Invited to ‘virtual consultations’ to talk Roadless Rule, tribal governments feel distanced

Because of COVID-19, Marina Anderson is working from her home, which is an old logging camp float house. She says it can sometimes take half an afternoon to download a zip file. (Photo courtesy of Marina Anderson)

The Trump Administration is still on track to make a final decision this summer on a federal rule that prevents road building in the Tongass National Forest. It could open up more access to logging. But tribal governments across Southeast Alaska say the entire process has been fraught, and while everything else seems to have slowed down because of COVID-19, federal officials are moving ahead quickly with their plans.

Marina Anderson, the Vice President of the Organized Village of Kasaan on Prince of Wales Island, says she’s felt rushed for the entire two years this most recent Roadless Rule discussion has played out. Technology issues have been a major hindrance.

When the U.S. Forest Service held its first public meeting on Prince of Wales Island in 2018, Anderson didn’t find out until the eleventh hour.

“We finally got our mail, and I opened it up, and I showed it to our administrator at the time, and she looked at me with big eyes,” Anderson said. “And she’s like, ‘get in the car we gotta go!'” 

Kasaan’s internet was spotty at best so the tribal government relied on an actual mailbox to stay connected. Anderson had to hurry to make the meeting — a two hour drive away. 

Kasaan is supposed to be providing important feedback on the Roadless Rule decision to top federal officials. Like the State of Alaska, it’s a cooperating agency. But unlike the state, it’s recommendations haven’t made it into the final draft, which is now under consideration in Washington D.C. 

Kasaan wants the Roadless Rule to stay in place. However, the Tongass National Forest could be totally exempted from the federal rule. And that’s at odds with the requests from several tribal governments across the region, who rely on the forest for food. Anderson worries history could repeat itself, and this could lead to more logging — damaging deer habitat and salmon streams on the island. 

“It’s been taken advantage of for so long,” she said.

Now, a final Roadless Rule decision is just weeks or months away. There’s also a global pandemic going on.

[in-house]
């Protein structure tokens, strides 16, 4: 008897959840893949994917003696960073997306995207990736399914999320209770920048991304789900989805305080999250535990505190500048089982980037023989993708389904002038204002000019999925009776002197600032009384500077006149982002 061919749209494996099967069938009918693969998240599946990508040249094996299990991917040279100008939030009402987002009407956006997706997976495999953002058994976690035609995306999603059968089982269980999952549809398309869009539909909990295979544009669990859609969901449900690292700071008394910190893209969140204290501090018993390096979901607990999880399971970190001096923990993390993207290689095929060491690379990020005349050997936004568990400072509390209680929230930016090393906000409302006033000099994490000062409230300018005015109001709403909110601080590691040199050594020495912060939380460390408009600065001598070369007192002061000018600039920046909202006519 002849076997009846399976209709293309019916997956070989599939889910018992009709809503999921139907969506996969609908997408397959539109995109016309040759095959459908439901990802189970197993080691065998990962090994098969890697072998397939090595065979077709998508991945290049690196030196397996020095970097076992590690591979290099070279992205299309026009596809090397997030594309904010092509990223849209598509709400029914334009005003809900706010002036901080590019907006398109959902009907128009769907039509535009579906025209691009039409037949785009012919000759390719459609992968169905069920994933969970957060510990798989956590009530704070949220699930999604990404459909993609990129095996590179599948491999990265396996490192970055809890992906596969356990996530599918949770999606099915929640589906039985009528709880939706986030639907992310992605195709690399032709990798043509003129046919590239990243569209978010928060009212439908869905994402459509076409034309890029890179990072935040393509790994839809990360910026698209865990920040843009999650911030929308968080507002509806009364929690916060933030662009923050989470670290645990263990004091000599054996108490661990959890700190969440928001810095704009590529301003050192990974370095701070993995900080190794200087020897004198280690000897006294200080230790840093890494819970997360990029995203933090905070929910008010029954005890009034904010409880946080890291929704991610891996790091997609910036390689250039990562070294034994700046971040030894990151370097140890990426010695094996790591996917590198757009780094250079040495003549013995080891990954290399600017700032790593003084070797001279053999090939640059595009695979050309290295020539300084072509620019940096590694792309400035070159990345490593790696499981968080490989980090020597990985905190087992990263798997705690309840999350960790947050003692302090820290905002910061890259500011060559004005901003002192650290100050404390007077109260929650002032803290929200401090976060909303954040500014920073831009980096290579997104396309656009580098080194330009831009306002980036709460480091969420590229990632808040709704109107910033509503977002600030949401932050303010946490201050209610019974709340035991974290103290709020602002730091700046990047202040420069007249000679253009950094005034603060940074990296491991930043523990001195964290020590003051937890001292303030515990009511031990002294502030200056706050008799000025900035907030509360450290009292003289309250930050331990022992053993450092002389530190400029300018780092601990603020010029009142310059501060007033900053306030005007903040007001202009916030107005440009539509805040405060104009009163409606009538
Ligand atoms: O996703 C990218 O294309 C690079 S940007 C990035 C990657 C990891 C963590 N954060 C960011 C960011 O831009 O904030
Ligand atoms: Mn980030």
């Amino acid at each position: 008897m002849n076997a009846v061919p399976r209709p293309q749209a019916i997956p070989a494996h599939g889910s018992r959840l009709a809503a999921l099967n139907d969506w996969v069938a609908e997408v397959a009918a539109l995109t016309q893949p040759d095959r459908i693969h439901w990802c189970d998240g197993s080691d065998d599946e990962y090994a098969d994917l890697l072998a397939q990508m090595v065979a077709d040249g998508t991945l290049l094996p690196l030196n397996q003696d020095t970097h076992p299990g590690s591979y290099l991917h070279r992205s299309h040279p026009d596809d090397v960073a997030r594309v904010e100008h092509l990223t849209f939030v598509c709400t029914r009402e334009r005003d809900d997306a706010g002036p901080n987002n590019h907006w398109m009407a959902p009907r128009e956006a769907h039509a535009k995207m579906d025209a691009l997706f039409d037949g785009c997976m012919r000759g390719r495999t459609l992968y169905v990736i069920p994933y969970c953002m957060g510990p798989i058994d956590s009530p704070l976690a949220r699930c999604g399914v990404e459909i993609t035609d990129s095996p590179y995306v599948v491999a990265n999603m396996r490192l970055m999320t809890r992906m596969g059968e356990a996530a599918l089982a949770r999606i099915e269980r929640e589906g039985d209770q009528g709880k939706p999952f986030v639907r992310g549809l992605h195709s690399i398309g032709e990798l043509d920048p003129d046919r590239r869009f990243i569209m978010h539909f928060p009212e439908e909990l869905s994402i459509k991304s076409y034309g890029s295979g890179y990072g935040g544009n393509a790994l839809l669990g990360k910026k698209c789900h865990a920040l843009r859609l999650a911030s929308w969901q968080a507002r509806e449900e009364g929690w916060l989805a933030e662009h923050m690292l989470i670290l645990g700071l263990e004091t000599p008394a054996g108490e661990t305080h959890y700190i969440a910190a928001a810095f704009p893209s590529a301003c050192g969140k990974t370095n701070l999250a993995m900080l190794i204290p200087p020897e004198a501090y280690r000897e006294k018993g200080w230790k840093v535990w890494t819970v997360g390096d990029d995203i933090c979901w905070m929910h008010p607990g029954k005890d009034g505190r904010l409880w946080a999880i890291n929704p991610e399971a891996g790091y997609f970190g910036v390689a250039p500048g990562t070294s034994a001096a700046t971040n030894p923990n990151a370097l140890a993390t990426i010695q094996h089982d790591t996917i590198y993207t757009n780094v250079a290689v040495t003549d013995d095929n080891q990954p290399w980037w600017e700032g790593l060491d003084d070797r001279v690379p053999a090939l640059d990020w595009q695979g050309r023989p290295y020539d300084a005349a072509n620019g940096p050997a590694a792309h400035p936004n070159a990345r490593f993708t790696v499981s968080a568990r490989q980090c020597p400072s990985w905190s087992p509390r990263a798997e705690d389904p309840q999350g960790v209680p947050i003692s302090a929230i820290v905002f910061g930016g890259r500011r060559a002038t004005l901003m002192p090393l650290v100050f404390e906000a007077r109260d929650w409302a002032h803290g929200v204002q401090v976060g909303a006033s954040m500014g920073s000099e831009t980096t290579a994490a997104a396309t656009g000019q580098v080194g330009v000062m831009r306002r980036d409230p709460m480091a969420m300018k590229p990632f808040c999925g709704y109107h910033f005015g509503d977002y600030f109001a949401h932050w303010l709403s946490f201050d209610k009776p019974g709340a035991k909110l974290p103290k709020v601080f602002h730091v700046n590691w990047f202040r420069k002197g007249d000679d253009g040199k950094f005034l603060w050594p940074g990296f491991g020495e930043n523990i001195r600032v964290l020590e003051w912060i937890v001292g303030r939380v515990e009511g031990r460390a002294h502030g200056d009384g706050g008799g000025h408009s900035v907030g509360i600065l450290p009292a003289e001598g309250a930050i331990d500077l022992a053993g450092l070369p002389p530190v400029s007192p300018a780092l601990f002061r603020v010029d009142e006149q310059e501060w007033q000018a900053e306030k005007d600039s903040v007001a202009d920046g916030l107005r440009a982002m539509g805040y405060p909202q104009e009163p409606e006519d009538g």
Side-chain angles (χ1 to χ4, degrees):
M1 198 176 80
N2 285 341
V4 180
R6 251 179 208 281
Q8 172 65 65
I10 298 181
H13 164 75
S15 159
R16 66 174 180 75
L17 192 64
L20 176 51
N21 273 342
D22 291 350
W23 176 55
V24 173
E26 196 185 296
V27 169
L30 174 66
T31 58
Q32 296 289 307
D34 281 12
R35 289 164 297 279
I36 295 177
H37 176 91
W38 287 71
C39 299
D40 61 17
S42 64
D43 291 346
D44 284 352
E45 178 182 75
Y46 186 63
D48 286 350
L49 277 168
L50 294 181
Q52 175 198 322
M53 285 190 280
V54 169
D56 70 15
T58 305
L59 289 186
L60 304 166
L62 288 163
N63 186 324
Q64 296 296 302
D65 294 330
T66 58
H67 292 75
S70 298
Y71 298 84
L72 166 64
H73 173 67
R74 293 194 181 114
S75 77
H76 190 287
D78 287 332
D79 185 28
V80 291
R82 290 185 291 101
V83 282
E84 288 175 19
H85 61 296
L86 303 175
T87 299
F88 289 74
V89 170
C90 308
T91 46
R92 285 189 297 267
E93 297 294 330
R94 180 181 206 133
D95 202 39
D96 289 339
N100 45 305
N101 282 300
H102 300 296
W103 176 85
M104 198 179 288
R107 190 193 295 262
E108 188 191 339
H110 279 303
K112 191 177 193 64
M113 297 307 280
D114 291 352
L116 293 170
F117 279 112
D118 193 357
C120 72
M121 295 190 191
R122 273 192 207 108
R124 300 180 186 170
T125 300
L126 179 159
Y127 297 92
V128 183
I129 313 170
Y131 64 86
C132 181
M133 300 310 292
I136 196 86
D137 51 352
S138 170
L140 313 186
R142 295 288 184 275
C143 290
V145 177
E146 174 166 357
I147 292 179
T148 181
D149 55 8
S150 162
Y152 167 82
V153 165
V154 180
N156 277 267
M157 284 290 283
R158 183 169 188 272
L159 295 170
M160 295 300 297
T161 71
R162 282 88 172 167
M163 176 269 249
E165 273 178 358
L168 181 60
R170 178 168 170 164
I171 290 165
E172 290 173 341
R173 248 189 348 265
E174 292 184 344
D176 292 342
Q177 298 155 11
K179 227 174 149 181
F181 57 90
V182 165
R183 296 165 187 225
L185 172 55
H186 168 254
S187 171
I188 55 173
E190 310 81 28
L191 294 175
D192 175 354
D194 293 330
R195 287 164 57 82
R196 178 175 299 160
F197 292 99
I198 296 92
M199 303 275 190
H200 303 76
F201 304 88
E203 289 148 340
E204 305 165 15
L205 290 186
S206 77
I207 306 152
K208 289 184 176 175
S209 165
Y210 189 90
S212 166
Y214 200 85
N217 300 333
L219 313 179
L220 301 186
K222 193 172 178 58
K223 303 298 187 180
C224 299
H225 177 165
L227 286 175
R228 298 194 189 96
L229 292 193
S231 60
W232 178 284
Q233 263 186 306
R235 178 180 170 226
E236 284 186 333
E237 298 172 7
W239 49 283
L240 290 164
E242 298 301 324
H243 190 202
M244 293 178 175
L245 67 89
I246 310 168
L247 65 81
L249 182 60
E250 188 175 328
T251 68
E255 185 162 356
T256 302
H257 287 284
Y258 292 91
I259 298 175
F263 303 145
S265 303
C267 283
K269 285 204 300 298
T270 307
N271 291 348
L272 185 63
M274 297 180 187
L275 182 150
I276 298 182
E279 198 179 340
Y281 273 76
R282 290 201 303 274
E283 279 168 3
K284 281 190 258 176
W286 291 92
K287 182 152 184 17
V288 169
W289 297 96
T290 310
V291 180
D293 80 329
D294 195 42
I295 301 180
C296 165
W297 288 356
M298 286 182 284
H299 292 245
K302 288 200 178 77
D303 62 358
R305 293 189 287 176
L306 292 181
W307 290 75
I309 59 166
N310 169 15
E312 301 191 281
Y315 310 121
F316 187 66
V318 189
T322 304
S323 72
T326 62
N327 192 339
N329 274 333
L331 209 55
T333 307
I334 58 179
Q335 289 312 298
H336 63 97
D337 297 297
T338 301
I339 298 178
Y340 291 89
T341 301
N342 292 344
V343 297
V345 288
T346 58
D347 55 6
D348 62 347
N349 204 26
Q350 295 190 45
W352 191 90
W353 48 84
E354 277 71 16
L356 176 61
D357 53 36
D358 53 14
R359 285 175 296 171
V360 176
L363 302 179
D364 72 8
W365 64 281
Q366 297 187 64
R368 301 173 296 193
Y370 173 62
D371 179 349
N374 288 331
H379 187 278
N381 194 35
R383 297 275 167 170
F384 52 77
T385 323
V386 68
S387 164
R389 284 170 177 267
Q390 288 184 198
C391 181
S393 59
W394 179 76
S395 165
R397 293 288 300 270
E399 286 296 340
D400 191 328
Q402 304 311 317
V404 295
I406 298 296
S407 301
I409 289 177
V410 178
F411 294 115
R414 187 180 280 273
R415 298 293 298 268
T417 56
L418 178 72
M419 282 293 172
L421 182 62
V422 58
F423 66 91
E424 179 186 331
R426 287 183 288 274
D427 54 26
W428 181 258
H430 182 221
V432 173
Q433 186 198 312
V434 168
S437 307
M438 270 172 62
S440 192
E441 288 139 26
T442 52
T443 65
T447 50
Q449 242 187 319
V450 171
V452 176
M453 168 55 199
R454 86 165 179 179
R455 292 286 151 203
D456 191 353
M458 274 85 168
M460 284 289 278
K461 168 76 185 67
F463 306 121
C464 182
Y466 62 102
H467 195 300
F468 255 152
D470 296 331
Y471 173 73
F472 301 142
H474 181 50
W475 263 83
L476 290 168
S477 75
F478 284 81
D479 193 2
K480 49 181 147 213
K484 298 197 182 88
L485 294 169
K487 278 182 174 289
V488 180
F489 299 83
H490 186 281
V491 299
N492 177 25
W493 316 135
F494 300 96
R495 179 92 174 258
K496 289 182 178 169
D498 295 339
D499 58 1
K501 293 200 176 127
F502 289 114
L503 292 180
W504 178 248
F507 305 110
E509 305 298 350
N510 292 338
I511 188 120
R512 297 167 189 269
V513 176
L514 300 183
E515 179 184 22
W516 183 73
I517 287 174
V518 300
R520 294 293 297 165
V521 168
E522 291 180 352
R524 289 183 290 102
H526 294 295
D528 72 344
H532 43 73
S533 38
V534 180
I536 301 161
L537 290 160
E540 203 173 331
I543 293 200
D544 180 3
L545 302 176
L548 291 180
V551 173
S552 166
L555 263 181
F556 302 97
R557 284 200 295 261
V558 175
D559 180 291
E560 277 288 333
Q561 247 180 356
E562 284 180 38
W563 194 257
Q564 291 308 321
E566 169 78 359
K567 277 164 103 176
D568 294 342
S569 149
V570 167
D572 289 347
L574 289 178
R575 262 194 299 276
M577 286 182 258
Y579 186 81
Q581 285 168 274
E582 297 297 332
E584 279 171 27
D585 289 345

Anderson says this is not a good time for the U.S. Forest Service to hold a government consultation meeting. But the agency scheduled one with tribal governments anyway. 

“To try to host a video conference consultation is completely inappropriate during a pandemic when everyone is trying to take care of their own,” she said.

Anderson is currently working from home — in an old float house where she lives, a remnant leftover from the industrial logging days.

Our conversation breaks up several times on both of our ends during the voice-only Zoom call for this story. And it’s one of the reasons the Organized Village of Kasaan asked to have a meeting with federal officials postponed: It’s hard to communicate the enormity of something between dropped sentences and long pauses. 

But in the end, the U.S. Forest Service meeting wasn’t rescheduled. It happened over the phone in late April. Anderson says not everyone showed up which was sad. In total, nine tribal governments have requested the feds hit pause on the Roadless Rule decision while the pandemic unfolds. 

Don Hernandez from the Alaska Regional Subsistence Advisory Council has asked for that, too. 

“They’re listening to us, but they’re not hearing what we have to say,” Hernandez said. “Because what we have to say has already been discounted from the start.”

Recently, a records request obtained by Southeast Alaska Conservation Council showed an unreleased federal report, detailing 96% percent of the people who weighed-in want to keep the Roadless Rule in place.

Kasaan’s Tribal Vice President says she’d like to see more acknowledgement of that reflected in the final decision making. But the whole process, including a push for a meeting during a global pandemic, has felt disrespectful. 

“I want them to say, ‘we heard you voice your opinion,'” Anderson said. “‘We heard all your comments. They were impactful. Keep coming to the table when we have proposals so your voice can be heard again.'”

In a written statement, the U.S. Forest Service said it was “aware” of the tribes’ request to pause working on the Roadless Rule because of COVID-19. But the agency is still moving ahead. “No delay has been announced.”

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